Starting a Nonprofit: The Importance of a Clear Vision

This article is an expansion from an article originally posted in our March/April edition of the Nonprofit Hub Magazine. This is the first in a five part series on overcoming the struggles of starting a nonprofit organization.

So, you’re starting a new organization and a community member or colleague stops you one day and wants to know more about it. What you are going to say?

Quick, you only have a few seconds—be sure you know how to talk about your nonprofit in the time it takes to ride a few floors. It’s called an elevator speech, and whether you’re at a formal networking event or you run into someone casually, you should have a quick spiel prepared that casts a clear and accurate vision for your nonprofit as well as what you hope to accomplish. Especially if you’re trying to drum up support (financial or otherwise), you want to be able to easily articulate your nonprofit’s vision and goals without stumbling over your words or tripping over your thoughts.

The quickest way to create disinterest is to have a fuzzy vision for your new organization and confuse people as to why you’re starting it. Who’d want to get behind a project that’s unclear, abstract and simply not compelling? Remember this: People invest in people who have a clear and focused vision of what they want to accomplish.

Once you have that, it’s important then to then be able to communicate what it is quickly and succinctly. Hear are six steps to developing a compelling elevator speech for your organization’s vision.

1. Practice. Write it out, change it up, say it out loud—the more you practice your mini speech, the better you’ll be at delivering it.

2. But be conversational. You don’t want to sound wooden or rehearsed—you want to be passionate and speak naturally about your new endeavor. The key is to practice, but to avoid memorization so you don’t sound like you’re scripted. Keep your spiel as conversational and spontaneous as possible. Just be prepared.

3. Keep it simple. Speak English, not industry speak. Stay away from acronyms and terminology that people outside your area of expertise or cause wouldn’t understand. Your vision will only be compelling if people understand it.

4. Think “what” and “why.” Give the basic facts, not all the minute details. You should cover what you believe your organization can accomplish, how you plan to go about it and why it’s important.

5. Tell a story. Once you cover the facts, put a face to your organization by sharing a story about the people who inspired you to get started. How did you recognize a need for this new organization? Did you help someone in the community? Did someone help you? Whose needs are you trying to meet? A quick story will humanize your organization immediately.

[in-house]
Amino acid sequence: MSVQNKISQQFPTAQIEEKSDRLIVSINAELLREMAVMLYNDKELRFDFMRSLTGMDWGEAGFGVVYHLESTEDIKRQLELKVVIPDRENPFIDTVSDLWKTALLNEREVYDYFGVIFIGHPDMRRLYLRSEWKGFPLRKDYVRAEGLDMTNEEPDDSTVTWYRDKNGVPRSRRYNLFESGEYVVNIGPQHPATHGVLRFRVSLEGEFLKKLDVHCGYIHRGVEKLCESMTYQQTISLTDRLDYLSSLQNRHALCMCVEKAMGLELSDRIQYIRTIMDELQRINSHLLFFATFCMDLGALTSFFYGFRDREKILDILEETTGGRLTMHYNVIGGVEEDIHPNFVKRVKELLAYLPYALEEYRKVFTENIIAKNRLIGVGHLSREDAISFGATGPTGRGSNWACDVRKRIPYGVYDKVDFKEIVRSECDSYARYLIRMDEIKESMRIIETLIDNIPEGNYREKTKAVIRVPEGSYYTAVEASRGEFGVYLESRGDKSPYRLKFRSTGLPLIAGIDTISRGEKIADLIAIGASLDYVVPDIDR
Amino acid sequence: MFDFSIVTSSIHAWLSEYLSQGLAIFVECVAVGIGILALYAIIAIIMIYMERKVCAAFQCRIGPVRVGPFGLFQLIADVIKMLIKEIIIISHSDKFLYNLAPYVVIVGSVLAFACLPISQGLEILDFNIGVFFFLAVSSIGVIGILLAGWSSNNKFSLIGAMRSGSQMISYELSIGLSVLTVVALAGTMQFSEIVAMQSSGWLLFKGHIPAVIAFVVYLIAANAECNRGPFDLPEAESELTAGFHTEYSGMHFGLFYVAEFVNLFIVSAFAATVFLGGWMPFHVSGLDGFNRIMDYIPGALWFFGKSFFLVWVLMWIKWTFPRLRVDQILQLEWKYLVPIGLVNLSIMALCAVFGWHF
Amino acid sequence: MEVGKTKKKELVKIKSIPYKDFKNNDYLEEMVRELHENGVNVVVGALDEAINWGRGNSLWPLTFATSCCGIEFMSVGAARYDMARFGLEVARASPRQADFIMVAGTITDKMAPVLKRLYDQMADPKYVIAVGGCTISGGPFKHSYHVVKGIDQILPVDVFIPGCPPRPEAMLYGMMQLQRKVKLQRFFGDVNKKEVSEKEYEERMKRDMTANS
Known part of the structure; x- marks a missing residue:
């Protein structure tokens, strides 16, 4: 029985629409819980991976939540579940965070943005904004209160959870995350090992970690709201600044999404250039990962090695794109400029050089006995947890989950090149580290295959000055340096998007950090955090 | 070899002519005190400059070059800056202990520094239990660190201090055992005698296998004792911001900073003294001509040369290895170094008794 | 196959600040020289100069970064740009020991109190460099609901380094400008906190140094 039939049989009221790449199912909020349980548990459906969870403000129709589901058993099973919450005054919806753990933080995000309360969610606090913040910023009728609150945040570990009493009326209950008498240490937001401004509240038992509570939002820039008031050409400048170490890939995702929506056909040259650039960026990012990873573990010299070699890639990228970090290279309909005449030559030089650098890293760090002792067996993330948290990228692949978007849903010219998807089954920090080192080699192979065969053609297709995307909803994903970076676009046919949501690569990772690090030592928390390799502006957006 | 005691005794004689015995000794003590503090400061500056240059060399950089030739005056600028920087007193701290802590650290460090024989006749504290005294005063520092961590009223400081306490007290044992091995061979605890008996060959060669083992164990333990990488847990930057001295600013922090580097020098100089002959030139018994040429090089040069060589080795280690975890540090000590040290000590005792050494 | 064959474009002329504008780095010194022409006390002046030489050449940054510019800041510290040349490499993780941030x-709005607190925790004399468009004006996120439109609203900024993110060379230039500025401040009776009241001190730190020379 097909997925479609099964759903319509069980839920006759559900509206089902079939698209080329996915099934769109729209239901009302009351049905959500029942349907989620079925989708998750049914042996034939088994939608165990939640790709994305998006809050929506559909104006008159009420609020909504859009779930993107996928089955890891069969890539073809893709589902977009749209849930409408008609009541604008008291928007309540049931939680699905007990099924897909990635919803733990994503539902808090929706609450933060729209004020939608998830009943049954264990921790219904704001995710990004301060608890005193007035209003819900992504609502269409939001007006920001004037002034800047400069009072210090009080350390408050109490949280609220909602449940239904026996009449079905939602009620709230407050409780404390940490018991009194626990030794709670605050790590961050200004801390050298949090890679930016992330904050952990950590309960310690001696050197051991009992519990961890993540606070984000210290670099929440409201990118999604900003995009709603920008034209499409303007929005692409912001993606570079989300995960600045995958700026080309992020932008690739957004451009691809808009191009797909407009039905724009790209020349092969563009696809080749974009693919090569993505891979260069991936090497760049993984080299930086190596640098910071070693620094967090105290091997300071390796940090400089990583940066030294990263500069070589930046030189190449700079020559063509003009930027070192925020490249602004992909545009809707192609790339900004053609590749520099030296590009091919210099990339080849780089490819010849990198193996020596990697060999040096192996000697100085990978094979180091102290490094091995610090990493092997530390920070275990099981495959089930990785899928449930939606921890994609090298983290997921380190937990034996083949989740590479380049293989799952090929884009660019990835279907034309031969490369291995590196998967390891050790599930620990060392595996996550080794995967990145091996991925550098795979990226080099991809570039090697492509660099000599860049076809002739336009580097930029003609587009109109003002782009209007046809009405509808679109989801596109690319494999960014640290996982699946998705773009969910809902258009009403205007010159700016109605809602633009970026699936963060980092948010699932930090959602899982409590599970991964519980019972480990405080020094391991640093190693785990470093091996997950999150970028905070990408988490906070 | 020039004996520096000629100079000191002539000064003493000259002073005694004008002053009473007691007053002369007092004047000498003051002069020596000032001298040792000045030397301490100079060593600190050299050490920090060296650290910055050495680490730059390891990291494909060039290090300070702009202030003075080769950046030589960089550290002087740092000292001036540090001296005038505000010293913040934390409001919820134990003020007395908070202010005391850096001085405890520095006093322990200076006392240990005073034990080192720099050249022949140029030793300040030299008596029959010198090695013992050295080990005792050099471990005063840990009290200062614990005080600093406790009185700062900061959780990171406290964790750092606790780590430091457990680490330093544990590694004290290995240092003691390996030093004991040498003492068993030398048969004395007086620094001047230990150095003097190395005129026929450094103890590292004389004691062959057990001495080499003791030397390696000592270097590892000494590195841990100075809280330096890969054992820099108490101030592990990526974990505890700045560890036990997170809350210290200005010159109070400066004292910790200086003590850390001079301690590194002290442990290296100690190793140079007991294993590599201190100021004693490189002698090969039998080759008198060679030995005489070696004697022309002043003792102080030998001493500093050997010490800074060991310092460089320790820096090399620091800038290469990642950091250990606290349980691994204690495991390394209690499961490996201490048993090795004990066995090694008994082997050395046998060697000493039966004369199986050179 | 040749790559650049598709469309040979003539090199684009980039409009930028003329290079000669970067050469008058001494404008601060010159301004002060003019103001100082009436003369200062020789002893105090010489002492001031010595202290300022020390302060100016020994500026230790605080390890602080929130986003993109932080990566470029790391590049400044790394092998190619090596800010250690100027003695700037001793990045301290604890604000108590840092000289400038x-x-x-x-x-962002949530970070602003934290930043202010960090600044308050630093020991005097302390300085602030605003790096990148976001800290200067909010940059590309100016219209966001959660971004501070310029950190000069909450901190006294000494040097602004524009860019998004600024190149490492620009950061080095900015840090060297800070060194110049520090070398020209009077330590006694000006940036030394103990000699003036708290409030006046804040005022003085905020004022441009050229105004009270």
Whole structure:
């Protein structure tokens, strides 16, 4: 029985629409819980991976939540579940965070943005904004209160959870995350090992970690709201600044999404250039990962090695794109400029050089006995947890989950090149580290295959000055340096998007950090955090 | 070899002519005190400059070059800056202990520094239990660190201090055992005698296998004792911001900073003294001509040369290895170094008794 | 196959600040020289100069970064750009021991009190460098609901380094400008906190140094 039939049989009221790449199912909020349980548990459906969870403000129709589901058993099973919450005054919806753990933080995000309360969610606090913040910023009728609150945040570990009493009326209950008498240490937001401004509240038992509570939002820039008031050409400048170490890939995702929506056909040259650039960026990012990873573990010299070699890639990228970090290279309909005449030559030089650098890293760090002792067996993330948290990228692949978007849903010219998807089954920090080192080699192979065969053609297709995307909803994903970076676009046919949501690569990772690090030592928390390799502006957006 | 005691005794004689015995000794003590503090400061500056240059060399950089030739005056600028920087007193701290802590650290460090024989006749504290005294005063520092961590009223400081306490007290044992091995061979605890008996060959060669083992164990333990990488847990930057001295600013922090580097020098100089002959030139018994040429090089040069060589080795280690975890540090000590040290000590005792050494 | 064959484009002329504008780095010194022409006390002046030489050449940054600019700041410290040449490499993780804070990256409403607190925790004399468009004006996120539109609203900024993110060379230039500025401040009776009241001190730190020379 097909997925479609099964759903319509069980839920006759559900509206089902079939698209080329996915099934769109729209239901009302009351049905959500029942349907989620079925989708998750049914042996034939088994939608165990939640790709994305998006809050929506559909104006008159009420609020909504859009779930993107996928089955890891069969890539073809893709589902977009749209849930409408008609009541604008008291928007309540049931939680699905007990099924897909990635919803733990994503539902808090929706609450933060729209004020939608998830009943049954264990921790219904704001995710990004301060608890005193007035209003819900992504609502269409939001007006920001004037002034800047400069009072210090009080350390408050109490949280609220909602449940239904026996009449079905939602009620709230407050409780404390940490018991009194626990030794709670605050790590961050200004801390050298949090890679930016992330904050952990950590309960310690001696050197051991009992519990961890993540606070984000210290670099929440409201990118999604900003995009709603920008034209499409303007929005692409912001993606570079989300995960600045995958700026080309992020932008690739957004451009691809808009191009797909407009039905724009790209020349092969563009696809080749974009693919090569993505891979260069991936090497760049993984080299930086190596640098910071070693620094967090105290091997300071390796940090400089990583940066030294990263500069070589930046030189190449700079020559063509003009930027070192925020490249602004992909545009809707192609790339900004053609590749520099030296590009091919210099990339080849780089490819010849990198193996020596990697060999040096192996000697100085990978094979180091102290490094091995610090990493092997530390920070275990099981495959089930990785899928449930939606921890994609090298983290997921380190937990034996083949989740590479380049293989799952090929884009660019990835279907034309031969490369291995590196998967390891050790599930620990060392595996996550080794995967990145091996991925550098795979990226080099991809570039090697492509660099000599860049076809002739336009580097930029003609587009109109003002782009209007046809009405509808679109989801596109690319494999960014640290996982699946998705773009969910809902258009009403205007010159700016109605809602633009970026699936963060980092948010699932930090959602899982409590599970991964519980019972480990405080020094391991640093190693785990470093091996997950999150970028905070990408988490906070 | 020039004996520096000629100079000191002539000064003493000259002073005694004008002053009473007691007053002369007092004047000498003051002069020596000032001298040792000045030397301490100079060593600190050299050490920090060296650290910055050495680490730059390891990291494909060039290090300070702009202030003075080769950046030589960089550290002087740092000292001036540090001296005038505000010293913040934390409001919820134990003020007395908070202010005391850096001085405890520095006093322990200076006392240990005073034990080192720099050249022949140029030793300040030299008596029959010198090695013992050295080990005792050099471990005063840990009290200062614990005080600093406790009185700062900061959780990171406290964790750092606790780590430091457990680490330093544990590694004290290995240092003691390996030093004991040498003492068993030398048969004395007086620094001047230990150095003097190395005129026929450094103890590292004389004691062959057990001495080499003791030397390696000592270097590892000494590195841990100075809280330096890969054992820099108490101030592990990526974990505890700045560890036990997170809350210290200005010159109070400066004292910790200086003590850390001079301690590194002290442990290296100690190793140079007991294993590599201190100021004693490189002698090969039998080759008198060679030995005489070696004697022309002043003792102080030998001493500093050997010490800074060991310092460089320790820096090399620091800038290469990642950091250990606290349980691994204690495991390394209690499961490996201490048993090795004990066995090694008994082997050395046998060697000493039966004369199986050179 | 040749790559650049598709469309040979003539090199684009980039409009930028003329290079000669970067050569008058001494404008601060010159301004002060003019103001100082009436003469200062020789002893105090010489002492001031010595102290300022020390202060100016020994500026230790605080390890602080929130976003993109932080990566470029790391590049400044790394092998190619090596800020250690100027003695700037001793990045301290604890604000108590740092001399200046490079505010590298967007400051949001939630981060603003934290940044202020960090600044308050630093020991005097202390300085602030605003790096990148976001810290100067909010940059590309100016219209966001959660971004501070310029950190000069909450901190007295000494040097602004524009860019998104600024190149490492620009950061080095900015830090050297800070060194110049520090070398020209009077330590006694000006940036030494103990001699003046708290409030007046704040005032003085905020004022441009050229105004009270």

6. Project confidence. There are three easy things you can do to project confidence, even if you’re not feeling it: Stand tall. Give a good firm handshake. Make eye contact. It’s not just about what you say, but how you say it. You may feel a little intimidated when you first begin to explain your organization’s vision, especially if you’re wondering how receptive people will be. The old adage, “fake it till you make it” can apply here if you’re feeling less than 100% sure.

Just remember: Keep your vision talk (and your actual vision statement) clear, straightforward and concise. The key is to stay focused, honing in on exactly what you want to accomplish. When you have a clear understanding of what your vision is, then—and only then—will you be able to recruit partners, supporters and community members who understand and share your passion.


Randy Hawthorne

As the former Executive Director and Editor for Nonprofit Hub and a Professional Certified Marketer, Randy shares his passions of marketing and education with nonprofits to help them implement marketing and organizational leadership principles so they can grow their organizations. Randy lends his marketing and organizational leadership expertise to a number of nonprofits in his community. Outside the office, Randy works with high school and college students and mentors young professionals to develop their leadership and entrepreneurial skills.

March 2, 2015

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